by Julie Snyder
You've probably played the "who does the most around here" game at some point in your relationship, even if you have a stellar track record.
It's common for arguments to bubble up and focus on household chores, who does what, who does the most and who's slacking.
Do you hear yourself saying statements like this one: "I made breakfast every day this week, picked up the dry cleaning and did the grocery shopping. What did you do?"
Perhaps you feel like you're carrying an unequal workload. You're not alone. A 2012 University of Cambridge study, published in the journal PLoS ONE supported those feelings.
The researchers found that 42-year-old women do more household chores than their male counterparts. It also reveals something unexpected -- taking on a fair share of the chores improves a man's well-being!
A study in "TIME" magazine points to an increase in men doing more around the house than ever before. The same study indicates that working women have a greater perception of being overworked.
Certain things are inevitable and cause future flare-ups. Someone will forget to pack a toothbrush. The stop light will turn red when you're rushed. You argue over household chores.
The "TIME" magazine study shows that:
• The workloads have been converging. Married men with children under 18 spend only 20 minutes less on work -- paid or unpaid -- than their wives each day.
• While men are doing more chores, women are spending more time in paid work than ever before.
• Men aren't doing the same amount around the house as women, but women aren't doing the same amount of paid work as men.
• Compared to 1965, men do nearly three times as much cooking, four times as many house chores and three times the amount of childcare today.
• Women still do more unpaid work in general, but doing nearly four times as much paid work as in 1965.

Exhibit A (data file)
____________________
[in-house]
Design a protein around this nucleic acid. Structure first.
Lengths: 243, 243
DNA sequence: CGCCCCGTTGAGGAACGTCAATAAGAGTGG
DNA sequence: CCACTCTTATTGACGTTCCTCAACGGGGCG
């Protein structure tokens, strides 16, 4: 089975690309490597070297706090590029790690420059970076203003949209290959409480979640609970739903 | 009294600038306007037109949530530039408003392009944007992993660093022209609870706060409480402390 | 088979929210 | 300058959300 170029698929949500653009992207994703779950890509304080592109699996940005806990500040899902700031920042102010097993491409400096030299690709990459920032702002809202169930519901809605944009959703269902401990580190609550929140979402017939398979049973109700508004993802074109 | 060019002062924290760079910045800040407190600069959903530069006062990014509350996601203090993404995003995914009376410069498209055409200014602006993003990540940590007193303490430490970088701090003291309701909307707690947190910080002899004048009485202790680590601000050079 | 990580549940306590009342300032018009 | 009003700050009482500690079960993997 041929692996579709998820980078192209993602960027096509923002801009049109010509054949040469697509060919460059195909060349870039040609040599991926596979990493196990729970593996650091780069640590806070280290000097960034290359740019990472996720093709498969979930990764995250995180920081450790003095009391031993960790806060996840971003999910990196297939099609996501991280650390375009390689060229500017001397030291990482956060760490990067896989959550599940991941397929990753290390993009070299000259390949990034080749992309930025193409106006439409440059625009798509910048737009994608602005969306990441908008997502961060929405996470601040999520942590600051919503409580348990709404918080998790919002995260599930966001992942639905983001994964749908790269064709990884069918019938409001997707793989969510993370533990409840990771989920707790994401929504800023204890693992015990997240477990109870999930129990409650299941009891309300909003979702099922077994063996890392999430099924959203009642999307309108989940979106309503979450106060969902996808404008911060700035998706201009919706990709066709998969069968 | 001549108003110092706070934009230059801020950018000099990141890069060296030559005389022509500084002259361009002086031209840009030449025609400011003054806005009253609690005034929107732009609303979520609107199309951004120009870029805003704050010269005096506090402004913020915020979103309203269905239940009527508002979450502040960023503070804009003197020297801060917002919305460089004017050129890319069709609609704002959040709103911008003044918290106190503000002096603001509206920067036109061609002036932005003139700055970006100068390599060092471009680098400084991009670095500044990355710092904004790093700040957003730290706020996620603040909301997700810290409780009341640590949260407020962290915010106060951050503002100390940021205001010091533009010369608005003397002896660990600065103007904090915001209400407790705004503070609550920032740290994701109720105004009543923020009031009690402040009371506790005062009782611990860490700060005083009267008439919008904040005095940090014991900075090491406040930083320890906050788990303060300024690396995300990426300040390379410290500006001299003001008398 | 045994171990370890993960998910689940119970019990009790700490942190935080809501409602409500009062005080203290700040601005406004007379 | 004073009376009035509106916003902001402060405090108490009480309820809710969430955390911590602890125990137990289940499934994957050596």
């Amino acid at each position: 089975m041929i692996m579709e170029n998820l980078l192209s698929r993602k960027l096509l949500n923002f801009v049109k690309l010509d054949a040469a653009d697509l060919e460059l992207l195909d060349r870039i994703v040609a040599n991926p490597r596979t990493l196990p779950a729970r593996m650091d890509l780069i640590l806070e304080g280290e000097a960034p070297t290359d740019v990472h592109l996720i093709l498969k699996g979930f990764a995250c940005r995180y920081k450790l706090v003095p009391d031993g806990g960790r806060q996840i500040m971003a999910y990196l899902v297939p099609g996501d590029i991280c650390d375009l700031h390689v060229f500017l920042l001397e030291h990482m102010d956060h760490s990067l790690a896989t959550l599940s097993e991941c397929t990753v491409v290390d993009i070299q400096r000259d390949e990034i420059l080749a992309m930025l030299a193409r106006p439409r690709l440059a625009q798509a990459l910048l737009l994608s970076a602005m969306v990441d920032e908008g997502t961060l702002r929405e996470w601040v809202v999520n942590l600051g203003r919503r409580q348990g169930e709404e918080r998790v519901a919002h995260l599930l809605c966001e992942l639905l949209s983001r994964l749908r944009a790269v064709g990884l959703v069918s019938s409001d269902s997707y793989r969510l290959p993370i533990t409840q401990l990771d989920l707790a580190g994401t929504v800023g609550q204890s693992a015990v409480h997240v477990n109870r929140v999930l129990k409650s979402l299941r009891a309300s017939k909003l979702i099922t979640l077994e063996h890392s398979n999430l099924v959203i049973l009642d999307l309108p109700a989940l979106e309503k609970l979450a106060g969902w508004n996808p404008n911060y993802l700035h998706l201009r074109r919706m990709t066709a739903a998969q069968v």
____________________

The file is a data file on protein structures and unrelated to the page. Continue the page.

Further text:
• The hardest workers are mothers employed full-time with children under six-years-old. On average, they work 73 hours a week, half as paid work, a quarter caring for children and a quarter doing unpaid family work.
• The longer a wife stays employed, the more her husband is likely to chip in at home.
It's safe to say that men and women both work hard and that while it may not feel like it, responsibilities are converging.
The Cambridge study reached conclusions that many women consider unimaginable. Researchers found that men benefited from a less traditional gender role divide in household chores.
Many men are happiest when making an equal contribution and taking on tasks such as cooking, washing, cleaning, shopping and property maintenance.
"The academics expected to find that men's work-family conflict rose, and their well-being fell, when they did more housework," the news release states. "In practice, they found the opposite, with conflict falling, and well-being going up."
When partners share the work load, women feel less stress. Plus a man doing his fair share around the house may even boost his female partner's sex drive. Bonus! According to Ian Kerner, PhD, sex therapist, the best foreplay for women is "choreplay," or when a man does household chores without being asked.
Studies suggest that husbands who share the household load are happier, for obvious reasons. There's more time for other things!
Learn to live with some messes. Does every chore need doing? Can you cut corners? What obligations can be deferred?
Accept each other's workmanship. If your partner takes on a task you've been doing, and does it adequately, that's one less burden for you!
Don't keep score. Make an "everything" list from mopping to earning a paycheck. Then, divide and conquer. If your spouse isn't doing a fair share, the everything list will show it.
Rotate the jobs you both hate. At your house it might be dishes or cleaning the toilet or folding laundry.